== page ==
An activist recalls civil rights movement, gives call to action

By Meghan Hosely

Civil rights activist Joanne Bland spoke to the Eau Claire community Monday night in Schofield auditorium, giving members a call to action to continue on with the civil rights movement.

“Movements are like jigsaw puzzles,” Bland said. “Everybody has a piece.”

Civil rights activist Joanne Bland spoke at Schofield auditorium Monday night. © Meghan Hosely

Civil rights activist Joanne Bland spoke at Schofield auditorium Monday night. Photo © Meghan Hosely

Nearly 140 people were present in the auditorium to hear Bland speak as a part of Risking Everything: History and Civil Conversation, a month-long event focused on bringing the history of civil rights into contemporary society.

Bland said by the time she was 11 years old, she had been arrested 13 times in her hometown of Selma, Alabama. According to her website, Bland’s early involvement in the struggle of civil rights has been the “foundation for her civil and human rights work throughout her life.”

When she was younger, Bland said her curiosity towards human rights started when she would look into a popular restaurant, Carter’s, and want to sit at the lunch table. At the time, only white people were allowed to sit there.

Eventually, Bland said she found herself joining the Student Nonviolent Coordinating Committee, but “flunked,” because she was taught to strike back when others were physical with her.

It was also at that time when Martin Luther King Jr. decided to make Selma the headquarters for the voting rights movement, she said, which demanded the rights for black people to vote. The plan was to do a nonviolent march from Selma to the capital city of Montgomery, Alabama.

On March 7, 1965, activists set out from a church in Selma and to cross Edmund Pettis Bridge, moving toward Montgomery, Bland said. Bland was with her sister and her friend, near the back. The plan was to return to the church if everyone was stopped by the police. She said everyone stopped on the bridge, but no one turned around.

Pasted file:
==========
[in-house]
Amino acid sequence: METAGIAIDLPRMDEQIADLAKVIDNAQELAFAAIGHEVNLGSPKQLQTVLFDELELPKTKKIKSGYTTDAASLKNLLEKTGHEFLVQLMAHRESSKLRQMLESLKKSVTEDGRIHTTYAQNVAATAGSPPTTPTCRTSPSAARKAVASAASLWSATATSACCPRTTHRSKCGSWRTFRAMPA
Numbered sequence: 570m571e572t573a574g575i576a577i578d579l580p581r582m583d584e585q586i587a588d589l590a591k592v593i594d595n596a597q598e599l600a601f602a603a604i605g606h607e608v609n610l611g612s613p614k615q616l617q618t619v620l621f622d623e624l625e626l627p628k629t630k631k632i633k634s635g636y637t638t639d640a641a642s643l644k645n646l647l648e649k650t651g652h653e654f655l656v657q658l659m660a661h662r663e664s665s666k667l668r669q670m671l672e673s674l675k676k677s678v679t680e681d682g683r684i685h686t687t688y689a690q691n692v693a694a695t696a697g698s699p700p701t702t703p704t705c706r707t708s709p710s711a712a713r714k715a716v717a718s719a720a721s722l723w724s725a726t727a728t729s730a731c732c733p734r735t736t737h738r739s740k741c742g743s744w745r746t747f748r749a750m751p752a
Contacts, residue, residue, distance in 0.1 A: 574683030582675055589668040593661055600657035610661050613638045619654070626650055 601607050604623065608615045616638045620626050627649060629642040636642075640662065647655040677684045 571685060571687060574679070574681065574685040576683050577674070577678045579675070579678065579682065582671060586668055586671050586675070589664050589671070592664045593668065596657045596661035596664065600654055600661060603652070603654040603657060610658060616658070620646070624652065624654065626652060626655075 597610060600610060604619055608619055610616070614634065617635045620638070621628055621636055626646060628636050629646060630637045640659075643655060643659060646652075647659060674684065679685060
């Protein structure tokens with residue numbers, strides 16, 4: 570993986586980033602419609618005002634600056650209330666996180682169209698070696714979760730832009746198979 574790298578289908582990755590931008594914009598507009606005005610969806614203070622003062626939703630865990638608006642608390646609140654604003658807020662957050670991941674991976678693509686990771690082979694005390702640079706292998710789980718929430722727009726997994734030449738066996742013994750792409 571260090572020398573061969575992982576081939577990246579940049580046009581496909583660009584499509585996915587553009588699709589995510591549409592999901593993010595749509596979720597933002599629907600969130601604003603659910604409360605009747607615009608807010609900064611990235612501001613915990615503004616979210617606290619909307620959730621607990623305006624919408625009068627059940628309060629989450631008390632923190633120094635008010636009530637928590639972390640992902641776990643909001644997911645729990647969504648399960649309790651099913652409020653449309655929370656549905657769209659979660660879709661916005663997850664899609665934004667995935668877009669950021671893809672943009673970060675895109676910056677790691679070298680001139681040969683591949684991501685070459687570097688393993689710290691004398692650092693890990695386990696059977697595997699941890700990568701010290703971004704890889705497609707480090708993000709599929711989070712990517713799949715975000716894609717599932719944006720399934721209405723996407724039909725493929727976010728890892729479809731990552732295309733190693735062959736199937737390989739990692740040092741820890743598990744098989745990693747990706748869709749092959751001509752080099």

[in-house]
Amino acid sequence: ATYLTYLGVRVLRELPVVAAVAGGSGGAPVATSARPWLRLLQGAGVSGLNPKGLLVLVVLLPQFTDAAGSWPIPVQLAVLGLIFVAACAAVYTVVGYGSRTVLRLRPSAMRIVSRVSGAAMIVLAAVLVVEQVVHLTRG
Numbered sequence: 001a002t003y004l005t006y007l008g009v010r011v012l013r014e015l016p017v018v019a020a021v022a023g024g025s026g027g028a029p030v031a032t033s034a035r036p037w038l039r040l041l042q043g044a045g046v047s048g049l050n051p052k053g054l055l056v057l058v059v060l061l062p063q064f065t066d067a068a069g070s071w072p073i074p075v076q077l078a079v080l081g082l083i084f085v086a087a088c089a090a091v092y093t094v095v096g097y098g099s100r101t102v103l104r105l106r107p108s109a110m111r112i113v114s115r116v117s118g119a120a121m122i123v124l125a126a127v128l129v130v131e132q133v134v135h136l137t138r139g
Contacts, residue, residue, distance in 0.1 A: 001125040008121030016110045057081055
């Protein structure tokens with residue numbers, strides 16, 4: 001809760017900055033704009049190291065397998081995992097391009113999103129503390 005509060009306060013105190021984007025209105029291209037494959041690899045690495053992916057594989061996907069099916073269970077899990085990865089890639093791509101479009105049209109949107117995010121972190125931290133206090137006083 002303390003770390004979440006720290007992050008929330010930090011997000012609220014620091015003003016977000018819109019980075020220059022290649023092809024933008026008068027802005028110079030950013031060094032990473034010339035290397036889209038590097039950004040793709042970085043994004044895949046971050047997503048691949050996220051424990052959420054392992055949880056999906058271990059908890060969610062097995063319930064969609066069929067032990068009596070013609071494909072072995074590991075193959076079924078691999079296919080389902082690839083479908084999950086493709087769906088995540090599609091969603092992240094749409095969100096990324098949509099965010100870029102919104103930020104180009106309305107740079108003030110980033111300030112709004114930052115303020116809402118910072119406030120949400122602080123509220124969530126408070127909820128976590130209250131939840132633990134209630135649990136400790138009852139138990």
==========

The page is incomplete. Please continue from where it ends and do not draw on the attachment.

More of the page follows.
Instead, the police ambushed the crowd from the front and back, she said, beating people and letting out tear gas. People tried to escape, but Bland said it was hard to tell which way to go due to the gas.

“You know what I remember the most?” Bland asked the audience as she recalled Bloody Sunday. “The screams.”

The activists found success the third time they marched from the church, and this time, King was there to support. Bland said the march took five days, and activists camped on the side of the road at night.

Bland said she was there for the first leg of the trip, and returned to march with the crowd as they closed in on the capital in Montgomery.

Although the movement Bland participated in was more than 50 years ago, she said there’s still work to be done. She told the crowd she has hope for future generations.

“There’s a generation of people out here who are going to change it once and for all,” Bland said.

Casie Kamph, a senior at UW-Eau Claire, said she attended Bland’s speech because she met Bland in Selma on the Civil Rights Pilgrimage, and wanted to hear from her again. She said by Bland speaking to everyone, it gives people the knowledge to make a difference.

“She inspires this generation to be the change that needs to be seen in this world,” Kamph said. “And I think everything about what she’s lived through and every belief that she stands on is something that is important for people to hear.”

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